With remarkable speed, Shneider won special permission from the Food and Drug Administration to give the drug to Jaci through the FDA’s compassionate use program, which makes experimental treatments available to seriously ill patients outside of clinical trials. There was no time to waste, Shneider says. “People with these mutations usually die within a year of diagnosis.”
Jaci received the first of several doses of the drug in 2019. “We saw a significant slowdown in her functional decline, suggesting that the drug was working as intended, but sadly, her disease was already advanced by the time she began the treatment and she died about a year later,” Shneider says.
New study suggests jacifusen eliminates toxic proteins
In his new study, published Jan. 24, 2022, in Nature Medicine, Shneider found that a single infusion of jacifusen at birth in a mouse model effectively silenced the FUS gene, reduced FUS protein levels in the brain and spinal cord, and delayed motor neuron degeneration in the mice-all with no apparent side effects.
In Jaci, jacifusen also caused profound changes in the brain. Examination of Jaci’s brain tissue, donated by Jaci and the Hermstad family, found that treatment with the eponymous drug markedly reduced FUS protein clumps-a hallmark of the disease-in her brain cells. “At a cellular level, jacifusen was extremely effective at doing what we hoped it would do,” Shneider says.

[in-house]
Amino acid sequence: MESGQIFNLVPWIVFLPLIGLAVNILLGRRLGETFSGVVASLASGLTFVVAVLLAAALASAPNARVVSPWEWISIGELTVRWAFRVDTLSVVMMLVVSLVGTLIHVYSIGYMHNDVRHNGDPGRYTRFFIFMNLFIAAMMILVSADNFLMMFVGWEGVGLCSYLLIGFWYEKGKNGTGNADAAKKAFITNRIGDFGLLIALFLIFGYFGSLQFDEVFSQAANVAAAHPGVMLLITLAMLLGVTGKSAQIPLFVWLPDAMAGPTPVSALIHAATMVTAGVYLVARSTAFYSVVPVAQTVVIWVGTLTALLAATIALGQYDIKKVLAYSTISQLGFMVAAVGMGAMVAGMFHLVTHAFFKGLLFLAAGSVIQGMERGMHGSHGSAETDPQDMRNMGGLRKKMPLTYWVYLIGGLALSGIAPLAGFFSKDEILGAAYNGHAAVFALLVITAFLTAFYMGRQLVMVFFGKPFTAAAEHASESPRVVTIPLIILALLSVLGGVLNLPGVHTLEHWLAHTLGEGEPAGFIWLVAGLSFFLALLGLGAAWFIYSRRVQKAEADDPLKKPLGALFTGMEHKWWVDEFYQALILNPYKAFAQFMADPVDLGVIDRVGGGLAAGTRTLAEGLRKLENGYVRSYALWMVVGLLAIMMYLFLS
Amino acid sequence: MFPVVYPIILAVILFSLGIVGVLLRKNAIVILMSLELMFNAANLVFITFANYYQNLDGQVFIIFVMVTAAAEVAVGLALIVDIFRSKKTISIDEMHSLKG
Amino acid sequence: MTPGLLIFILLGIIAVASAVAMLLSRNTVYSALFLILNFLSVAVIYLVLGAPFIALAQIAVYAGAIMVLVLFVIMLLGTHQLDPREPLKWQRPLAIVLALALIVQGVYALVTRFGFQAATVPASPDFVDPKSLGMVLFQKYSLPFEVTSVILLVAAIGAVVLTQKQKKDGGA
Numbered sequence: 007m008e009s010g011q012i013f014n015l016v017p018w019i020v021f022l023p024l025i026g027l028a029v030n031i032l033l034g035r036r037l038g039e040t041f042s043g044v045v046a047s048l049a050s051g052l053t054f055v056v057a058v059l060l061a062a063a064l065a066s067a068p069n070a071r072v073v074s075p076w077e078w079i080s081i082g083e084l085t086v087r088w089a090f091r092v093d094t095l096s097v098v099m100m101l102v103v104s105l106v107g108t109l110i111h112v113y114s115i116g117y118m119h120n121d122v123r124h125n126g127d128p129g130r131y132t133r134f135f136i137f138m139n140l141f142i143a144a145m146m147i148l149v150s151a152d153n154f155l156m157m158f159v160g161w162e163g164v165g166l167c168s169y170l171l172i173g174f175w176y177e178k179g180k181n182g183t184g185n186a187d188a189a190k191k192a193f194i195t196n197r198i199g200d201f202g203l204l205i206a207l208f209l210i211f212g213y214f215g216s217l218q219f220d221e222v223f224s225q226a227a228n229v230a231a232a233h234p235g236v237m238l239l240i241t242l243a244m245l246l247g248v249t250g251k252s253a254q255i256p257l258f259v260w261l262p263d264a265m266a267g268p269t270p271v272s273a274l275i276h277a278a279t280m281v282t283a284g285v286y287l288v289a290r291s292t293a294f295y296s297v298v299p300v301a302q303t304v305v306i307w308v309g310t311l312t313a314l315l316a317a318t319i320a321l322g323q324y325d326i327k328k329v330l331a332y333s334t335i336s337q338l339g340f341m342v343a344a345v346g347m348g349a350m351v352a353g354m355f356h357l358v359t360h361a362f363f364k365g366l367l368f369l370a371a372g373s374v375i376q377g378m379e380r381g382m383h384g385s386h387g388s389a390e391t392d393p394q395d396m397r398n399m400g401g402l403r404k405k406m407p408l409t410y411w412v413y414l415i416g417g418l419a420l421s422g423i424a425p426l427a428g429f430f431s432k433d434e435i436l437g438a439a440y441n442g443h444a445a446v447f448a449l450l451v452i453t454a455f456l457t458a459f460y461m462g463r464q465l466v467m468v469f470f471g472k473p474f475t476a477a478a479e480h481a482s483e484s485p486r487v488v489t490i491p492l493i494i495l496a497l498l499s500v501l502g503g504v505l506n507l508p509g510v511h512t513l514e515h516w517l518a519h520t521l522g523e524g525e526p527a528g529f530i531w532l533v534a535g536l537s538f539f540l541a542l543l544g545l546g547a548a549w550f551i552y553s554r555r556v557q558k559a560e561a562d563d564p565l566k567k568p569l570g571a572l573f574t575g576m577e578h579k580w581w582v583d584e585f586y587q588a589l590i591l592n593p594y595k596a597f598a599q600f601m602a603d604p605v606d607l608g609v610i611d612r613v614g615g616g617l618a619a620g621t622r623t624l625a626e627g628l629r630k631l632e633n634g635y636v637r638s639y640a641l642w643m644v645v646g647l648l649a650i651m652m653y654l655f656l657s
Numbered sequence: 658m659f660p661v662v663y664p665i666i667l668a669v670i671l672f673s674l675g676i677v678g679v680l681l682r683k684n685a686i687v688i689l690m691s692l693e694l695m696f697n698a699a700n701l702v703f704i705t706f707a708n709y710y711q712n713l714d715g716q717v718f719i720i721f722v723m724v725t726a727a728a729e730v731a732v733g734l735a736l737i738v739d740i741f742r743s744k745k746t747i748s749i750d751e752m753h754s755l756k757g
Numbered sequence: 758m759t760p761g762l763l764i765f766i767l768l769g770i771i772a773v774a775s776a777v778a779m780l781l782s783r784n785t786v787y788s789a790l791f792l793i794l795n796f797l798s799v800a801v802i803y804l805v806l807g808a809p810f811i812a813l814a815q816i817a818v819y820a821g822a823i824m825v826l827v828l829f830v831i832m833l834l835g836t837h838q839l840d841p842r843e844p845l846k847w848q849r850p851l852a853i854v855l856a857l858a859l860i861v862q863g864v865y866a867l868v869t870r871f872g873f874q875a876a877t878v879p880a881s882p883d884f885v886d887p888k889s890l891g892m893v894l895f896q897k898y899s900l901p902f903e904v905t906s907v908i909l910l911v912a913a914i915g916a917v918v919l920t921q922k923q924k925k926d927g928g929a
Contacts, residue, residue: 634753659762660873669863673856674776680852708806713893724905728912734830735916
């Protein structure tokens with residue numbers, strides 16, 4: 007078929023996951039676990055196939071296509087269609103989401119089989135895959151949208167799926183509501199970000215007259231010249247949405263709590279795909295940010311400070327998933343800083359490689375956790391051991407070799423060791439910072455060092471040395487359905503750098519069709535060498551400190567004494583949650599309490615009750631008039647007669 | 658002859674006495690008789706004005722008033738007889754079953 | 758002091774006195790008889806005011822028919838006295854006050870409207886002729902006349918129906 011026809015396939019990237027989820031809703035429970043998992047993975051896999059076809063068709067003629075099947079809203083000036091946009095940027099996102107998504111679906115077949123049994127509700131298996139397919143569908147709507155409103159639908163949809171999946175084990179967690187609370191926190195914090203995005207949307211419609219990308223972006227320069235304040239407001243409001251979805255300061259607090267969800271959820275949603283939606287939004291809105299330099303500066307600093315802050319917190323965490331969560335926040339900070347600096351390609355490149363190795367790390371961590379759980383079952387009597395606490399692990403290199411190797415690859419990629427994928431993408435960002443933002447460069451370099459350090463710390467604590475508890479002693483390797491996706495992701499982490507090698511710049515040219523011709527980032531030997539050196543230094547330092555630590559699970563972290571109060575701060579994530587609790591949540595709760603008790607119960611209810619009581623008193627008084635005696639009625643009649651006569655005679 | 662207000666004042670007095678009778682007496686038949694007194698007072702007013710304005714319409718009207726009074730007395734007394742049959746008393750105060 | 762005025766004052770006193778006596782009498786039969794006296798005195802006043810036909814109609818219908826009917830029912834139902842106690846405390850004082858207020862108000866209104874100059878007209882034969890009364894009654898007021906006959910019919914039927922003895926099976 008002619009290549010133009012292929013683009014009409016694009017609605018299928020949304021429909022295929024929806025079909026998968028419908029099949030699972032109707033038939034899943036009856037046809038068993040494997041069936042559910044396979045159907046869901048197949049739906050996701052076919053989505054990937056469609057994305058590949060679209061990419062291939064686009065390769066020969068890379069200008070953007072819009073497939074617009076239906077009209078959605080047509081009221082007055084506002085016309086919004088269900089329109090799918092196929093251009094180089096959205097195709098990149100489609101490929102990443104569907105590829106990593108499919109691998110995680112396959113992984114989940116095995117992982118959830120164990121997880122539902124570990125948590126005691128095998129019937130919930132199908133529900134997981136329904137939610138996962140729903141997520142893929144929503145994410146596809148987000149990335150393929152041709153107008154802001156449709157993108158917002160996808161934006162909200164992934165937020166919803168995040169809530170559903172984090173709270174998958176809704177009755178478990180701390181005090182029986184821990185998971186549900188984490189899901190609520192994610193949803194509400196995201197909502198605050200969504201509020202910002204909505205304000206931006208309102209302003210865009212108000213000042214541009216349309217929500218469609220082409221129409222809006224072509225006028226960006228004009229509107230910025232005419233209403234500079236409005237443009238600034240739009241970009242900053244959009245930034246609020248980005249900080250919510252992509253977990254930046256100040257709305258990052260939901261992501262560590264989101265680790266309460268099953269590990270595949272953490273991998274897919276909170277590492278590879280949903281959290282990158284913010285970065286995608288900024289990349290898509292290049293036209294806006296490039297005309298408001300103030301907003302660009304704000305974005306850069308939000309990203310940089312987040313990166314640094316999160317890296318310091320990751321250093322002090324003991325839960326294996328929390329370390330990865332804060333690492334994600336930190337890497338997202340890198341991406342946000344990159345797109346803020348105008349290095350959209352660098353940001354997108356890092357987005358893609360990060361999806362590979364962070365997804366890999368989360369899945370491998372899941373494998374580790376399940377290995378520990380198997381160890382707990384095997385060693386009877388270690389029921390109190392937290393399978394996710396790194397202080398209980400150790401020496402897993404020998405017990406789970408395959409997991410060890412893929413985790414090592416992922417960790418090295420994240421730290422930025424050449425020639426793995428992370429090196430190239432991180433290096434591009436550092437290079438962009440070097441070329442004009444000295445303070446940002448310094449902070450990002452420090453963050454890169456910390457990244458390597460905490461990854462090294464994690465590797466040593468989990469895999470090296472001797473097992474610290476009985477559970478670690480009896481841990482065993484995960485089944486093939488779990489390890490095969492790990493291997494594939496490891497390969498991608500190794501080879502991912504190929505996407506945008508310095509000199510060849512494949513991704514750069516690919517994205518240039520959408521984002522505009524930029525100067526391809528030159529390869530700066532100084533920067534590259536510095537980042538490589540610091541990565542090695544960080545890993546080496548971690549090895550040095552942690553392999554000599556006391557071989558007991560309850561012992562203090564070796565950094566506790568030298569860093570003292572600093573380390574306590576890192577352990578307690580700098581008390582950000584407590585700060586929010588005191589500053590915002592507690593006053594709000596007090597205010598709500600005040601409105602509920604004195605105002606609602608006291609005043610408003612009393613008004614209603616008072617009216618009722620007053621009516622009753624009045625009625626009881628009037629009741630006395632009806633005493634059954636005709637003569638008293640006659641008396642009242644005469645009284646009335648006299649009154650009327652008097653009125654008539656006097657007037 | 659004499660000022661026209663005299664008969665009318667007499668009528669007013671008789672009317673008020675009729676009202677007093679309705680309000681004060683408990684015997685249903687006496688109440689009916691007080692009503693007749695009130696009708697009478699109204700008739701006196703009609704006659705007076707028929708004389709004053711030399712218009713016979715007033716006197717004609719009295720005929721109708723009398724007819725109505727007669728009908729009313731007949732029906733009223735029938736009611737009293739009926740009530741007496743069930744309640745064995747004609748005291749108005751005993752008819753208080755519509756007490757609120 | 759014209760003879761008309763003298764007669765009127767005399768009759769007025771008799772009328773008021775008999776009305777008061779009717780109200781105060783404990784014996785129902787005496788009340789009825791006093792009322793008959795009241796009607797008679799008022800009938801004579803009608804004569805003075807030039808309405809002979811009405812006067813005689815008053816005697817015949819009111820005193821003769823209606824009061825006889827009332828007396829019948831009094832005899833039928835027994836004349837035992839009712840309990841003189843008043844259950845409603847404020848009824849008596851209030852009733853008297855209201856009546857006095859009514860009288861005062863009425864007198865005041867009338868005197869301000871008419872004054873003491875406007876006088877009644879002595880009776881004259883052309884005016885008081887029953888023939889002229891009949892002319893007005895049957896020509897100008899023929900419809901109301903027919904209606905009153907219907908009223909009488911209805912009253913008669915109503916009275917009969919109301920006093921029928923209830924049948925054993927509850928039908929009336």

“At a cellular level, jacifusen was extremely effective at doing what we hoped it would do.”
The findings, along with encouraging signs from 10 other patients who received jacifusen under the compassionate use program, convinced Ionis to sponsor a pivotal phase 3 clinical trial at Columbia and multiple other sites in the United States, Europe and Asia. The trial, led by Shneider, will enroll at least 64 patients.
“This trial will determine if jacifusen is safe, and if it can effectively slow disease progression in symptomatic FUS-ALS patients. If approved, jacifusen would be the first treatment for this highly aggressive form of early-onset ALS,” Shneider says.
Future studies will determine whether jacifusen works if given to people with ALS-associated FUS mutations before they become symptomatic, as it did in the mouse studies.
“This study is an example of truly personalized medicine in the 21st century.”
The study was published online Jan. 24, 2022, in Nature Medicine.
The study is titled, “Antisense oligonucleotide silencing of FUS expression as a therapeutic approach in amyotrophic lateral sclerosis.” The other contributors are: Vladislav A. Korobeynikov (Columbia), Alexander K. Lyashchenko (Columbia), Beatriz Blanco-Redondo (Columbia and Leipzig University, Leipzig, Germany), and Paymaan Jafar-nejad (Ionis Pharmaceuticals).
The study was supported by grants from the National Institute of Neurological Disorders and Stroke (R01NS106236) and the Tow Foundation. Support for the FUS ASO (ION363) expanded access program was provided by Project ALS and the ALS Association. Additional funding was provided by Nancy Perlman and Tom Klingenstein and the Judith and Jean Pape Adams Charitable Foundation.
The authors declare no competing interests.